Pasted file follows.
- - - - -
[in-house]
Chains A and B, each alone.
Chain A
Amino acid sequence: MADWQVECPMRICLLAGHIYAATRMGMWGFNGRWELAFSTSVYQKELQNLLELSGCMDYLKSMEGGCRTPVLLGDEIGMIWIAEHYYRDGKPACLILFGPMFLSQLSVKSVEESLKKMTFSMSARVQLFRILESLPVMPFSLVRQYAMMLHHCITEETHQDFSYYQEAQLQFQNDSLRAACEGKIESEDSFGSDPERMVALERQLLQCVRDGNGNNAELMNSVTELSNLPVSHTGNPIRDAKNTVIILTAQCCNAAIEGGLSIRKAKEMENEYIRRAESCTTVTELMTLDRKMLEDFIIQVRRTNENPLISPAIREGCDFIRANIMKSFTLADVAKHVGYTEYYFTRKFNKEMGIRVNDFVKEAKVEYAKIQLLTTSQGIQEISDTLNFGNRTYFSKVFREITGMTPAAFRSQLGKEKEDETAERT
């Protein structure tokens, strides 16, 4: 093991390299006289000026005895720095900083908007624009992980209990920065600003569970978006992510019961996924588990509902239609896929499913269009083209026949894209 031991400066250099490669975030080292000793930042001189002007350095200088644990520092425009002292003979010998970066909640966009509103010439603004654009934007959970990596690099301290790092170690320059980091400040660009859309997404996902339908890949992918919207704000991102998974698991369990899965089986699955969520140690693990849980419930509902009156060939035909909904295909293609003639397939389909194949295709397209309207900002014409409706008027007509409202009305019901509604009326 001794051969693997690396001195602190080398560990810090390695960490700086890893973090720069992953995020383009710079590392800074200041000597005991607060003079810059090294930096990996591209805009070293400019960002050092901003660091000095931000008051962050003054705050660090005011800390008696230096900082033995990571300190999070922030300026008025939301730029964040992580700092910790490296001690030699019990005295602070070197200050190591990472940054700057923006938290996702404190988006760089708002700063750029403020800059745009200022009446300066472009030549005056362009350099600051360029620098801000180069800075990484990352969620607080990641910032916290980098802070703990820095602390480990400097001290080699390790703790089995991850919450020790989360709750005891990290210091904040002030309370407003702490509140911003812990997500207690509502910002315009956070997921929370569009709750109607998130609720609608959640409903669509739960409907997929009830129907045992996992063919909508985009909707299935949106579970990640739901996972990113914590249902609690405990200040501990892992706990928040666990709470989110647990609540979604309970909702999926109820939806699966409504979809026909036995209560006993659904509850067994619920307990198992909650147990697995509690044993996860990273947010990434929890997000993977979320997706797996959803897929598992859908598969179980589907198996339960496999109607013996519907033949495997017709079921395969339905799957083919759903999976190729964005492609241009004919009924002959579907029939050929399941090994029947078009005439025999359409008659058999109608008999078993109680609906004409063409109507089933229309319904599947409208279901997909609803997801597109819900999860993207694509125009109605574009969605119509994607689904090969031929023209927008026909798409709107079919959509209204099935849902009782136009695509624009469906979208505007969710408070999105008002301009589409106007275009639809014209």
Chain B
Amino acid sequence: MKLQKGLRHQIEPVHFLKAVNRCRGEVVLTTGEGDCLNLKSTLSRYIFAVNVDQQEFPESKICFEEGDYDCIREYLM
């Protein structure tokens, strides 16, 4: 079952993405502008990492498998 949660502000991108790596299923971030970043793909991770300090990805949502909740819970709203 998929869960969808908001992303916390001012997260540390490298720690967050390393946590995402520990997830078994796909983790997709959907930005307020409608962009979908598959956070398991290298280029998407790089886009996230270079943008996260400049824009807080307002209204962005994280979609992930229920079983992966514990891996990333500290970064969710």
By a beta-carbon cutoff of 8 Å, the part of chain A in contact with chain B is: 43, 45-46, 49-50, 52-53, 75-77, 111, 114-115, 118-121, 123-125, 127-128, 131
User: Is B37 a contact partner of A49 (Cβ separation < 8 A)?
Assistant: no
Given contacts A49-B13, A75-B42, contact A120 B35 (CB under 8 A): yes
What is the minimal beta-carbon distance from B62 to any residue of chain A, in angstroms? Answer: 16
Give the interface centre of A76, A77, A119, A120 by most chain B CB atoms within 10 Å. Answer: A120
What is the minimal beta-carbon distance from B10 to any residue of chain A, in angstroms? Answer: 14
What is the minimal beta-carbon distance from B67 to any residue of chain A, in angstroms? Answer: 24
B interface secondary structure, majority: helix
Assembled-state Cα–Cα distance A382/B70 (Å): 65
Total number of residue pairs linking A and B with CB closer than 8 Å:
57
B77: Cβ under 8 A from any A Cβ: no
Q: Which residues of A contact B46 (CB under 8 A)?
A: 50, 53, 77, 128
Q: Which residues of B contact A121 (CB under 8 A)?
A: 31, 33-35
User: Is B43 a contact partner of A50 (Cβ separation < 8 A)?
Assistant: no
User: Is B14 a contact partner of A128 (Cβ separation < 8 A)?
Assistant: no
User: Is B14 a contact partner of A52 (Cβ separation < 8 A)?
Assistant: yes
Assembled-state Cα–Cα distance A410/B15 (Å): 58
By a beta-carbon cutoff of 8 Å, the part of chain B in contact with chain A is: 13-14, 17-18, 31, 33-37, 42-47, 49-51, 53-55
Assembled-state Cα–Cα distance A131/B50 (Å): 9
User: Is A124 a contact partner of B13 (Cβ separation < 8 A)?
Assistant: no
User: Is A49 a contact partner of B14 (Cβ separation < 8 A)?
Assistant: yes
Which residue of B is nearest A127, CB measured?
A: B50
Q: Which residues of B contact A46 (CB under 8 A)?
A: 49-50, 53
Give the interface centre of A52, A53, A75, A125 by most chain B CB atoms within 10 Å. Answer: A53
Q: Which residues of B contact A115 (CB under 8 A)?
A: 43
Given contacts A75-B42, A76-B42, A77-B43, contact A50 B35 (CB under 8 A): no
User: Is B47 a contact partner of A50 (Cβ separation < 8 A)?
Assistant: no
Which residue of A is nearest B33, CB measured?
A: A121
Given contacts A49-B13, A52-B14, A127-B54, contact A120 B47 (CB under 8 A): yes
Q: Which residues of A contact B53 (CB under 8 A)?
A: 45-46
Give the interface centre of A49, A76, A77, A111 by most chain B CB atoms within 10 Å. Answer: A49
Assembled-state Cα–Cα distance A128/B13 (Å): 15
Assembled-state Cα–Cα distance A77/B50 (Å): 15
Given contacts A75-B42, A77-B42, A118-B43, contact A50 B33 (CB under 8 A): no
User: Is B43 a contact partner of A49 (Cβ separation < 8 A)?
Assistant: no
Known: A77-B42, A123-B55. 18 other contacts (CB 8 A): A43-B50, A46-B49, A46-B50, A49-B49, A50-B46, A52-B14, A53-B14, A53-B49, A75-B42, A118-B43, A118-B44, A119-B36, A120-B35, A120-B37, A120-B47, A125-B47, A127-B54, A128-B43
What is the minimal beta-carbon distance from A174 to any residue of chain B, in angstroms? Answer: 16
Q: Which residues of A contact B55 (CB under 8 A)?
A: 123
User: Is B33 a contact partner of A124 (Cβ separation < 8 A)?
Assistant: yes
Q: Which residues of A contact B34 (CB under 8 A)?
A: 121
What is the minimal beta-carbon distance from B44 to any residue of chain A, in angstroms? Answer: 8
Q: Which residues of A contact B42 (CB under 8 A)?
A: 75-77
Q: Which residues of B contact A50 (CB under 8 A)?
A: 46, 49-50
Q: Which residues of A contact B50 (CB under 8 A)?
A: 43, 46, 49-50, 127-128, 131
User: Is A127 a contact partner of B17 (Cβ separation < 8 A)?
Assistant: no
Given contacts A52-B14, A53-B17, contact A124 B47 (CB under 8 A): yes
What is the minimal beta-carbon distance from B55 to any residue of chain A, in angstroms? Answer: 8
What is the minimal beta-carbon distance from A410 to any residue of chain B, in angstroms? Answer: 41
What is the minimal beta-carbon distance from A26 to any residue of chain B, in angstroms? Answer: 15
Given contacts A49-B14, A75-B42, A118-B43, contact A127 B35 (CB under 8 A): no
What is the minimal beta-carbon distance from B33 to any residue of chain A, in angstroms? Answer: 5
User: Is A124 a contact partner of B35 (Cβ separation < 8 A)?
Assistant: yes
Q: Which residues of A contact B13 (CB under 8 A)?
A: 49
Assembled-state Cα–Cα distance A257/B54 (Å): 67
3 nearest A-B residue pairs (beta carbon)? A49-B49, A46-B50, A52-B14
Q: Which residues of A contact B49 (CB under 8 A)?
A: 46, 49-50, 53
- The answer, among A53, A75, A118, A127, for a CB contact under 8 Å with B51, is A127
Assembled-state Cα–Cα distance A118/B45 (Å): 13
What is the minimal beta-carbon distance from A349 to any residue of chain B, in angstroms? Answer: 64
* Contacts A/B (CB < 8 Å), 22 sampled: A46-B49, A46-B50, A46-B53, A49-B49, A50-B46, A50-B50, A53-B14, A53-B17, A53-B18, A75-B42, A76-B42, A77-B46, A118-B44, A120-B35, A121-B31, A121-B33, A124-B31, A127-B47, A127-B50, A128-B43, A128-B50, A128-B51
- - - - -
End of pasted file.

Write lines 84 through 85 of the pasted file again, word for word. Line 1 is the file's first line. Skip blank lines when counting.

Assistant: yes
Q: Which residues of A contact B13 (CB under 8 A)?